Man's Quest for Social Guidance: The Study of Social Problems

By Howard W. Odum | Go to book overview

CHAPTER XXIX
MALADJUSTMENT AND SOCIAL WASTE

Social Pathology a Special Field. The penalty for inadequacy of social guidance throughout the history of mankind has been general maladjustment, individual tragedy and abnormality, and social pathology and waste. Since the purpose and spirit of this book is to present the whole picture of social problems integrated somewhat into a theoretical analysis, rather than deficiencies by which society is now being penalized, the treatment of these problems is limited to a simple descriptive outline. And the whole field of social pathology is so large and important that it must take its place alongside other special fields of social study and social work for technical and extended treatment. Outstanding volumes, such as Gillin Poverty and Dependency and Crime and Penology are evidence of the range and substance of such study. Companion volumes to be presented in the American Social Science Series, such as Kelso The Science of Public Welfare, Steiner The Community in Action: Case Studies of American Communities; Thurston and Carstens' Processes and Programs of Child Welfare, and others, are indicative of the very important specialized tasks just ahead. Nevertheless the story of man's efforts toward social adjustment and guidance must necessarily give a great deal of emphasis to the manifold problems of social pathology and the tragedies of maladjustment. They should be presented as an essential and organic part of the products of society's evolution. They should be presented as evidence of the increasing need for the study of social problems and of more scientific social guidance. And they should be presented in at least comprehensive outline as a basis for the interpretation of much of social work and social guidance of the future. This chapter, therefore, in accordance with the plan of the book limits its content and method to these objectives.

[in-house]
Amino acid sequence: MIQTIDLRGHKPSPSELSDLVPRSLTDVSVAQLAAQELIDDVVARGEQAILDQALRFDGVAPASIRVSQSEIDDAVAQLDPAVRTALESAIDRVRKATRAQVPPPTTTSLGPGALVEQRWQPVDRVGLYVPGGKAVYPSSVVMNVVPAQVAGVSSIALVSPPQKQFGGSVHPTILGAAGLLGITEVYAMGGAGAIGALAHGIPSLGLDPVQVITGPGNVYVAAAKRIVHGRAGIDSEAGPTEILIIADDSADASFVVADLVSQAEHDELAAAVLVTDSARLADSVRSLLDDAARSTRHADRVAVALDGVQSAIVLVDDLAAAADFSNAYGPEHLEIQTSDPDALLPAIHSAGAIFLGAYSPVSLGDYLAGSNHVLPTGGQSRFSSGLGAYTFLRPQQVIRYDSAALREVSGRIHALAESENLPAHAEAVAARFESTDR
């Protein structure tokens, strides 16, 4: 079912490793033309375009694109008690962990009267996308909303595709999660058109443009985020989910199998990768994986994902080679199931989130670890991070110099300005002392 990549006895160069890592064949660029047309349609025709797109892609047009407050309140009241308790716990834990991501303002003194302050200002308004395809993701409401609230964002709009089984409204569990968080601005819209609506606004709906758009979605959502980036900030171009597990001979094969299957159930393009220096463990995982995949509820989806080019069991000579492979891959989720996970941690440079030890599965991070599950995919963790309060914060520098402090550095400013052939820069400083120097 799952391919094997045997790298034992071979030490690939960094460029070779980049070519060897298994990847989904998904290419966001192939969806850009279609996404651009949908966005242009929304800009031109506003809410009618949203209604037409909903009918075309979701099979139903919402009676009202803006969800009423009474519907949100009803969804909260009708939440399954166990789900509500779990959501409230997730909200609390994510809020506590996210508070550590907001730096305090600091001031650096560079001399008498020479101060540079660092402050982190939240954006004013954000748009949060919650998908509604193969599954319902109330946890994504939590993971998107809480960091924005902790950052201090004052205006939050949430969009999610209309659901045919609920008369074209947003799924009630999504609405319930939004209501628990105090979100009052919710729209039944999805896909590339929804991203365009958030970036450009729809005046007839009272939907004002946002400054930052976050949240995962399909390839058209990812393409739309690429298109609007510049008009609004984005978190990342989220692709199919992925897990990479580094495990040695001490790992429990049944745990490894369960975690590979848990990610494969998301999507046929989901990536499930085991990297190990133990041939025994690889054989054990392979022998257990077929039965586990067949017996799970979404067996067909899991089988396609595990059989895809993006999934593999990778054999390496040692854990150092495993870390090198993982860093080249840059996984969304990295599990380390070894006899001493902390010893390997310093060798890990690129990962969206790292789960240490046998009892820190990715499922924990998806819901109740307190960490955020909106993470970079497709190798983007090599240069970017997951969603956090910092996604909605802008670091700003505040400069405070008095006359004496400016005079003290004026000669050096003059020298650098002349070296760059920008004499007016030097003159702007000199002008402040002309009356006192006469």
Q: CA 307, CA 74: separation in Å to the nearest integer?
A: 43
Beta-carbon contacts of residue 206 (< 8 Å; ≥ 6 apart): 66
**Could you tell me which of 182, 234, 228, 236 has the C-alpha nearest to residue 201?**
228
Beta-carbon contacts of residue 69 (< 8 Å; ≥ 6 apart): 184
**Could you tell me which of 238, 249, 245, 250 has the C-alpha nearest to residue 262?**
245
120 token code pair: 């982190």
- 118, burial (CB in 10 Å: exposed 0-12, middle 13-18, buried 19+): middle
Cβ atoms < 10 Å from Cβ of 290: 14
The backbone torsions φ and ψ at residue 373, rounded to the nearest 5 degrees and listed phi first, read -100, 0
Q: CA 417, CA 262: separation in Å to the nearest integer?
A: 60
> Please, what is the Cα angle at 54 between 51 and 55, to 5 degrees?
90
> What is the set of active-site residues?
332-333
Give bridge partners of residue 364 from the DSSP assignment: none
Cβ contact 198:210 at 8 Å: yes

A Cross Section of Complex Society. One of the best ways to obtain a picture of current types of social maladjustment and waste is to look at cross sections of the most complex, rapidly developed

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